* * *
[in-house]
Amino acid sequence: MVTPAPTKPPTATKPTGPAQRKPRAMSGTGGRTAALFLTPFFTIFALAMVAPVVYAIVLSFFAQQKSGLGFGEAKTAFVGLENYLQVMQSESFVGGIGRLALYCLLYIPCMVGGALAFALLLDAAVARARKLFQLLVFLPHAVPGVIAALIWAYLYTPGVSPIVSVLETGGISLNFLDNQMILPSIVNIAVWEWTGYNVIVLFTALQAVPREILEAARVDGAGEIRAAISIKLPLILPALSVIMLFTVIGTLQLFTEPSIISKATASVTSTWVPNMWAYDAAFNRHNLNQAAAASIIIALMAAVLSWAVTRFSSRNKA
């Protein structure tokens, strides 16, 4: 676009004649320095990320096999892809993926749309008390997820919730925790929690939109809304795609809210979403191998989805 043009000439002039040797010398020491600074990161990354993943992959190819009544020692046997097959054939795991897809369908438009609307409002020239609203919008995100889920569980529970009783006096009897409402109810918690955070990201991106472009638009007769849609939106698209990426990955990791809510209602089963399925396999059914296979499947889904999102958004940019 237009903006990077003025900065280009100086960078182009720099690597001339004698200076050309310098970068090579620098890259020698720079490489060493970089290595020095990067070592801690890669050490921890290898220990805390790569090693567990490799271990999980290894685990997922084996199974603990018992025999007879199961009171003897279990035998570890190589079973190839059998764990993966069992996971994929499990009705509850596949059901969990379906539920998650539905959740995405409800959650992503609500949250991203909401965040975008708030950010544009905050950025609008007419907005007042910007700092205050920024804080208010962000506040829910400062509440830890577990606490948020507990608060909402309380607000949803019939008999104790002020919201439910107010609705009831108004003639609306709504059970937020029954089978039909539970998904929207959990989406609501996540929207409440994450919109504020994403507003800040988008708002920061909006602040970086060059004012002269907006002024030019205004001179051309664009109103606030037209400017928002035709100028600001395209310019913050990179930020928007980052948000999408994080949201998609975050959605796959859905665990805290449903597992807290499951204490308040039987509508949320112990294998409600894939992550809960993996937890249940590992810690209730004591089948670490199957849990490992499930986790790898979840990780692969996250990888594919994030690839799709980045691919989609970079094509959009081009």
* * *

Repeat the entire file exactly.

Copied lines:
[in-house]
Amino acid sequence: MVTPAPTKPPTATKPTGPAQRKPRAMSGTGGRTAALFLTPFFTIFALAMVAPVVYAIVLSFFAQQKSGLGFGEAKTAFVGLENYLQVMQSESFVGGIGRLALYCLLYIPCMVGGALAFALLLDAAVARARKLFQLLVFLPHAVPGVIAALIWAYLYTPGVSPIVSVLETGGISLNFLDNQMILPSIVNIAVWEWTGYNVIVLFTALQAVPREILEAARVDGAGEIRAAISIKLPLILPALSVIMLFTVIGTLQLFTEPSIISKATASVTSTWVPNMWAYDAAFNRHNLNQAAAASIIIALMAAVLSWAVTRFSSRNKA
């Protein structure tokens, strides 16, 4: 676009004649320095990320096999892809993926749309008390997820919730925790929690939109809304795609809210979403191998989805 043009000439002039040797010398020491600074990161990354993943992959190819009544020692046997097959054939795991897809369908438009609307409002020239609203919008995100889920569980529970009783006096009897409402109810918690955070990201991106472009638009007769849609939106698209990426990955990791809510209602089963399925396999059914296979499947889904999102958004940019 237009903006990077003025900065280009100086960078182009720099690597001339004698200076050309310098970068090579620098890259020698720079490489060493970089290595020095990067070592801690890669050490921890290898220990805390790569090693567990490799271990999980290894685990997922084996199974603990018992025999007879199961009171003897279990035998570890190589079973190839059998764990993966069992996971994929499990009705509850596949059901969990379906539920998650539905959740995405409800959650992503609500949250991203909401965040975008708030950010544009905050950025609008007419907005007042910007700092205050920024804080208010962000506040829910400062509440830890577990606490948020507990608060909402309380607000949803019939008999104790002020919201439910107010609705009831108004003639609306709504059970937020029954089978039909539970998904929207959990989406609501996540929207409440994450919109504020994403507003800040988008708002920061909006602040970086060059004012002269907006002024030019205004001179051309664009109103606030037209400017928002035709100028600001395209310019913050990179930020928007980052948000999408994080949201998609975050959605796959859905665990805290449903597992807290499951204490308040039987509508949320112990294998409600894939992550809960993996937890249940590992810690209730004591089948670490199957849990490992499930986790790898979840990780692969996250990888594919994030690839799709980045691919989609970079094509959009081009």